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A View From The Overlook: A Virginia Farmer
My wife suggested that she would like to do something different and interesting on her birthday. Now if I were Bill Gates or that nice Zuckerburg boy that might mean leasing the island of Lanai and inviting friends.
Since that is not the case, I suggested a boat trip to Mount Vernon, the home of George Washington, our first President and Founding Father. It would not only be patriotic but cheap.
Joan thought that would be a splendid idea, and oh, yes, she would like duck for birthday lunch at Mount Vernon. That would be more problematical. Did George Washington raise ducks? Interesting question. I would have to ask.
The ten-mile boat trip from downtown Washington, D.C., to Mount Vernon is by far the most majestic way to visit Mount Vernon. It is, however, not the most practical way to experience George Washington.
You see, Mount Vernon is, in some ways, the victim of its own success. There is now a lot to see and do and learn at Mount Vernon. In fact, if you take advantage of all the archeology, historical analysis and so on, and ask the right questions and pay attention to the enthusiastic staff, you will probably know more about Mount Vernon than George Washington did. (George tried to keep in touch, but he was away for months and years saving and serving the nation.)
Absorbing all this information and seeing everything will take a leisurely full day with time out for lunch. Also, you will need your own car to visit George Washington’s distillery (You heard right!), an indispensible stop for industrial historians and alcoholics.
Unfortunately, the boat trips to Mount Vernon limits you a bit. The “Spirit of Mount Vernon” arrives at the Mount Vernon pier at 10 a.m. and departs at 1:30 p.m. This gives you around three-and-a-half hours to understand and savor the prime Founding Father. Are three-and-a-half hours enough? Well, that depends. If you are a quick study, and skip lunch, then the boat trip is doable.
On the other hand, the boat trip is more expensive, $48.67 with admission included, versus $17 if you drive your car down the National Park Service’s very beautiful and bucolic George Washington Parkway and bought your ticket at the gate.
Then why go by boat? Well, it’s a bit more romantic than driving, bicycling or walking and you will score more points with your Significant Other. A boat ride will lower your blood pressure and calm your mind; time spent on the Potomac is not deducted from your life span.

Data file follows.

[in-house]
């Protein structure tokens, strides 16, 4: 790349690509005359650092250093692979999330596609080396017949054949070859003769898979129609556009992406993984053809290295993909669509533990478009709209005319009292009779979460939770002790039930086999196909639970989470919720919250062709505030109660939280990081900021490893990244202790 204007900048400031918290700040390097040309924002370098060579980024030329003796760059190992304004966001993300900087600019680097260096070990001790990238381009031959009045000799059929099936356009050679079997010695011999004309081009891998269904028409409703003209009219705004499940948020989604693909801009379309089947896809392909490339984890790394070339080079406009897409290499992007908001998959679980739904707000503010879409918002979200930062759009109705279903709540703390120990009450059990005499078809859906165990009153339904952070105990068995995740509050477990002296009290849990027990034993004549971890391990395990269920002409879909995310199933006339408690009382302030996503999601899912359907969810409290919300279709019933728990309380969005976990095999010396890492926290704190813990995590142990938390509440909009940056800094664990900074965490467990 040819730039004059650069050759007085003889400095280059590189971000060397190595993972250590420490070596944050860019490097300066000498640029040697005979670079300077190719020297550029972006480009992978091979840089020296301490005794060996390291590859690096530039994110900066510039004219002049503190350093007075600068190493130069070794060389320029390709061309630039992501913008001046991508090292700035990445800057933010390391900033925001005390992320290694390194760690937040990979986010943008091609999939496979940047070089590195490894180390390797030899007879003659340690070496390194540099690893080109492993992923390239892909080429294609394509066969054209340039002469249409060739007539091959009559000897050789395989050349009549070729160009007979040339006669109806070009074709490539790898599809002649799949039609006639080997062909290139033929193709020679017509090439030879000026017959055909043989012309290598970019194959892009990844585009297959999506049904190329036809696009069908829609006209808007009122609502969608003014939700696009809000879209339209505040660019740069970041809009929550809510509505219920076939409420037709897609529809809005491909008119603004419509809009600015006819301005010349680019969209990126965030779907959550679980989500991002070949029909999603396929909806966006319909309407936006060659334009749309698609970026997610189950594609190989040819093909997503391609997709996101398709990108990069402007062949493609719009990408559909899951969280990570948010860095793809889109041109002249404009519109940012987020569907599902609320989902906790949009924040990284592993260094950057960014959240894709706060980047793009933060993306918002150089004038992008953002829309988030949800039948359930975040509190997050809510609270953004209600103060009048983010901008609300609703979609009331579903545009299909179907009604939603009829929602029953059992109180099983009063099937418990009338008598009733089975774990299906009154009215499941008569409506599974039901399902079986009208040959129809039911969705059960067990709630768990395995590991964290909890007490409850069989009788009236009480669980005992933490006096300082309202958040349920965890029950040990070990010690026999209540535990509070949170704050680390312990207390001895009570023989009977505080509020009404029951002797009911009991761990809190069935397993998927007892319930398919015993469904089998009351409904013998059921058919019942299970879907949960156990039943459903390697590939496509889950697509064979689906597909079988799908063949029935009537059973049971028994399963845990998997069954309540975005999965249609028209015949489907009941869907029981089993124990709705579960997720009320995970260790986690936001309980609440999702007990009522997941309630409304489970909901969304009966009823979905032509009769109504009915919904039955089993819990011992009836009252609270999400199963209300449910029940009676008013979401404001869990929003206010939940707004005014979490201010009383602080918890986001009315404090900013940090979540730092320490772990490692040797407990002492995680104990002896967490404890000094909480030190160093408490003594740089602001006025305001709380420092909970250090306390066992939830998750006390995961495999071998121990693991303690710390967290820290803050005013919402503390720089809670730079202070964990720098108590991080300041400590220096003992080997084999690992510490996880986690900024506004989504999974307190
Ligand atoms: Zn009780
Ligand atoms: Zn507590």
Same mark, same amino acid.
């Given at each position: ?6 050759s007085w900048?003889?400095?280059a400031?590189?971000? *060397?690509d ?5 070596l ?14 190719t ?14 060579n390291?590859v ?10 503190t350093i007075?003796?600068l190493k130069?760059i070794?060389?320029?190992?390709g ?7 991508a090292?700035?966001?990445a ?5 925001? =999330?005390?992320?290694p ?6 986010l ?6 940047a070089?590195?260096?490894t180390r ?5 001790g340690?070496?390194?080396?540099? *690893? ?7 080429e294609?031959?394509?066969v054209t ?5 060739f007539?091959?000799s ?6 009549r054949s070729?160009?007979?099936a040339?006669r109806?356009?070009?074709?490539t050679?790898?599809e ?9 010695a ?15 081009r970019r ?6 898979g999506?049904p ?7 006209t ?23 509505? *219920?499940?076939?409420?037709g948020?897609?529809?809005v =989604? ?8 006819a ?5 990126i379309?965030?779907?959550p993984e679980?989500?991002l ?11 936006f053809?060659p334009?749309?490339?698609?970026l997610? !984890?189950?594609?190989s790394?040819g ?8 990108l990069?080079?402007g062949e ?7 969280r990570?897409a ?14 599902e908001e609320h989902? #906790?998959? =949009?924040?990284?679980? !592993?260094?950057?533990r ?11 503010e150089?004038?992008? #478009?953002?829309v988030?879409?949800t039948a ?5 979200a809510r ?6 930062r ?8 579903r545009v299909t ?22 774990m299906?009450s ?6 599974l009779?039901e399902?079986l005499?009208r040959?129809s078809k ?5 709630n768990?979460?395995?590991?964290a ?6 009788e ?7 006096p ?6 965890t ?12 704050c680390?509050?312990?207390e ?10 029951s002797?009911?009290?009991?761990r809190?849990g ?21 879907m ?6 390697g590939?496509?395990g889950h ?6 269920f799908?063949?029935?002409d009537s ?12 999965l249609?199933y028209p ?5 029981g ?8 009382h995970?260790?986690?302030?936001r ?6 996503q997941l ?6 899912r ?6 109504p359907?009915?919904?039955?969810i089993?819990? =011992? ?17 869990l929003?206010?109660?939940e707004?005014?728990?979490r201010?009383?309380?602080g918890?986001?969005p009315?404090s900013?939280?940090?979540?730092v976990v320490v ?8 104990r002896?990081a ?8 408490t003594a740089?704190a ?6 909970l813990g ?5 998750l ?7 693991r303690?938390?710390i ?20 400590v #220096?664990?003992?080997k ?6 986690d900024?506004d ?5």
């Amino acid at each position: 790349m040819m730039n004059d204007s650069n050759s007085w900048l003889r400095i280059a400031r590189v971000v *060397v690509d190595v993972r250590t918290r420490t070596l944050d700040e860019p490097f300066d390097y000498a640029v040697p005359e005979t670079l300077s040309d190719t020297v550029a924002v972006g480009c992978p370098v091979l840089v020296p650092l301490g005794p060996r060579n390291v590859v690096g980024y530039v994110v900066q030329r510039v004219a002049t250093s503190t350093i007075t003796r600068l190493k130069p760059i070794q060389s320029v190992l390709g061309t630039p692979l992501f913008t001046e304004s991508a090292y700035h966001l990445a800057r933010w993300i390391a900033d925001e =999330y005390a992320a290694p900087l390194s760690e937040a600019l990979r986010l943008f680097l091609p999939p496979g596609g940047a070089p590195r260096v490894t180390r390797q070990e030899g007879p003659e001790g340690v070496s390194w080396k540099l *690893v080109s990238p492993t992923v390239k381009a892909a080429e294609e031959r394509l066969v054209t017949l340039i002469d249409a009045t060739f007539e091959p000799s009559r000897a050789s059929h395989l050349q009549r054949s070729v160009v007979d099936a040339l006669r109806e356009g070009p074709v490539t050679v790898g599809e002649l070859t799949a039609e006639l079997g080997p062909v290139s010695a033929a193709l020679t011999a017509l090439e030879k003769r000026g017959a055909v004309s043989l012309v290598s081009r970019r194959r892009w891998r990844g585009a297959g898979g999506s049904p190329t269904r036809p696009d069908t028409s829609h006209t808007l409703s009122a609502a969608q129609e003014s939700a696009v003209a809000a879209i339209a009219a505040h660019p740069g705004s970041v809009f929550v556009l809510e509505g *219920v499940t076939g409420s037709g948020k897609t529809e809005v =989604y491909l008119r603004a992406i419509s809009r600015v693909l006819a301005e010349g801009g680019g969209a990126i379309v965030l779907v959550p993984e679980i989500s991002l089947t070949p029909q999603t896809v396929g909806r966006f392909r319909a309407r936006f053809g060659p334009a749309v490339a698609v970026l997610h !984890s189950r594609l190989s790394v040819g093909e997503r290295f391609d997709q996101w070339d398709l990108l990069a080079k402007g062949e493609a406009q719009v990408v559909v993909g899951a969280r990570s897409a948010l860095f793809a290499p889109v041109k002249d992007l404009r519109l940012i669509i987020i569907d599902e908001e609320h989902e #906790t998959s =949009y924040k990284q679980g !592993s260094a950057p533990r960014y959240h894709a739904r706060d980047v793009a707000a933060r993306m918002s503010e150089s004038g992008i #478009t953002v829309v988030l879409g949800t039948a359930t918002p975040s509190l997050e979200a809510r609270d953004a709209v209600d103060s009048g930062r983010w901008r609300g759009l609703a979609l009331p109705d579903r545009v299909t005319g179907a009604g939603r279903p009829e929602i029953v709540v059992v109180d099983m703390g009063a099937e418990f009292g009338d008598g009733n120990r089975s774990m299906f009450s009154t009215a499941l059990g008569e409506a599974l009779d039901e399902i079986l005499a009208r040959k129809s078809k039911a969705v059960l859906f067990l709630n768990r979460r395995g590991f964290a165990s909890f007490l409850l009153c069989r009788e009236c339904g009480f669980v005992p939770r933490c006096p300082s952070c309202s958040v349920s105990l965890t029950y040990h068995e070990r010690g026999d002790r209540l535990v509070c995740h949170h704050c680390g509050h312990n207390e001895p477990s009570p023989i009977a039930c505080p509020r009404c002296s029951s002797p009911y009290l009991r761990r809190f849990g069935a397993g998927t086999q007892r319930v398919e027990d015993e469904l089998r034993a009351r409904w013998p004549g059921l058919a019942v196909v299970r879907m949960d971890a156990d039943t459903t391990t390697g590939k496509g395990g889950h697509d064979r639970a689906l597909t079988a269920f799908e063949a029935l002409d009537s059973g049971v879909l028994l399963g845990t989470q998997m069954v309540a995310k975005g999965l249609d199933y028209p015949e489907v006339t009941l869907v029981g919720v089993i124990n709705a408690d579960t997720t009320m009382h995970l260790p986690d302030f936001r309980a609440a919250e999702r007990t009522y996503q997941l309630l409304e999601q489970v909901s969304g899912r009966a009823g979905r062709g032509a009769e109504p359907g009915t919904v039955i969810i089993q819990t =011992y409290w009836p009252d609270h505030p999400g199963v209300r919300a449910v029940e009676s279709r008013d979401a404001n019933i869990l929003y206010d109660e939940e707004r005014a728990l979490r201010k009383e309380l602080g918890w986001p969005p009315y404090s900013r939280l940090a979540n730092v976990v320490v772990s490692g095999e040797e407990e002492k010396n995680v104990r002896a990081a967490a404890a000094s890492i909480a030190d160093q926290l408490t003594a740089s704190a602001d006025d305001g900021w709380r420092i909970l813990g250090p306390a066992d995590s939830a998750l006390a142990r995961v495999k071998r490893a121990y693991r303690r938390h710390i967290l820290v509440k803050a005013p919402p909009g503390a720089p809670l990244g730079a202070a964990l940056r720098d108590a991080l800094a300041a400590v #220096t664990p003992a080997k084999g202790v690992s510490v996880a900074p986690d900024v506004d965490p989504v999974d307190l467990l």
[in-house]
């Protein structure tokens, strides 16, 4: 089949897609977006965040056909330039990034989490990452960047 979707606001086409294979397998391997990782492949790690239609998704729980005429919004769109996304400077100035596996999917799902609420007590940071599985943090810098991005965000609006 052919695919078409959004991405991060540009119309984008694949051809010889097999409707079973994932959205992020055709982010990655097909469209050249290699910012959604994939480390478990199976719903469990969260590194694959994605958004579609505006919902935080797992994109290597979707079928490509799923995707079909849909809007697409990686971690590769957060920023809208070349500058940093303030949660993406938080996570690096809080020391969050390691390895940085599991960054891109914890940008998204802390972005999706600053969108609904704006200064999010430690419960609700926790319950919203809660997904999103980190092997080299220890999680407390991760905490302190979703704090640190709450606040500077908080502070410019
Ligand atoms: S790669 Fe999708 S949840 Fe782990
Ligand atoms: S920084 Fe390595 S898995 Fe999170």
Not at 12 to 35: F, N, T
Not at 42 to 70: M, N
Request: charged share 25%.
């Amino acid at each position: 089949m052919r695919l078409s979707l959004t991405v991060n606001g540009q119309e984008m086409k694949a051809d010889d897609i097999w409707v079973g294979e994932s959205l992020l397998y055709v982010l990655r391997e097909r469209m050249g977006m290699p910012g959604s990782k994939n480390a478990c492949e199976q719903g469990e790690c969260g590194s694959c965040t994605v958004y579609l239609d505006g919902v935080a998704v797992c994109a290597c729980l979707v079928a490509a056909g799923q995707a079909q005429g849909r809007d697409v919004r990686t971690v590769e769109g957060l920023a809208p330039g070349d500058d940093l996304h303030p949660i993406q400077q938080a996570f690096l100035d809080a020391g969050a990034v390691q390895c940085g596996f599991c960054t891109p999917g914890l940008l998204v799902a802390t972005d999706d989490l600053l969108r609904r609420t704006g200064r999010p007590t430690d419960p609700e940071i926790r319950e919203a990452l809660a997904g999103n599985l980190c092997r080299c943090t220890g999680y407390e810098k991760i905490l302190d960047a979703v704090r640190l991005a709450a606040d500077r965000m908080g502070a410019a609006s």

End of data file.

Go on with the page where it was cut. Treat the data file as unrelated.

Besides, roads being what they were in Colonial and Revolutionary times, the rivers were the way George Washington and his tidewater Virginia friends got around, so you will be historically accurate going by boat.
Does The Park Service Own Mount Vernon?
So who owns Mount Vernon? The National Park Service? Fortunately, no. Mount Vernon is owned and operated by the Mount Vernon Ladies Association. “Fortunately, no?," you demand accusingly! Now before various NPS advocacy groups lynch me, let me clarify.
You see, nobody sequesters the Mount Vernon Ladies Association. Indeed, nobody in his or her right mind messes with the Mount Vernon Ladies Association. They are rich, powerful, and goal centered; their goal being the preservation and enhancement of the collective memory of George Washington and Mount Vernon and they are very good at what they do.
The National Park Service has to whine and snivel at the feet of a history illiterate Congress in order to get a roof repaired on a nationally significant structure. The Mount Vernon Ladies simply write a check. Congress? The Mount Vernon Ladies have nothing to with those pompous boors who live on the wrong side of the “rivah.”
Now, there is a lot to be said for having all the money you need. At today’s Mount Vernon, nothing is broken, untended, unweeded, or unpainted. It is probably the way George Washington wanted things to look, only better than reality. (Slaves not being quite the enthusiastic team players as their masters!)
The Ladies have gotten rather good at preserving Mount Vernon and Washington’s legacy, as they have been at it since before the Civil War.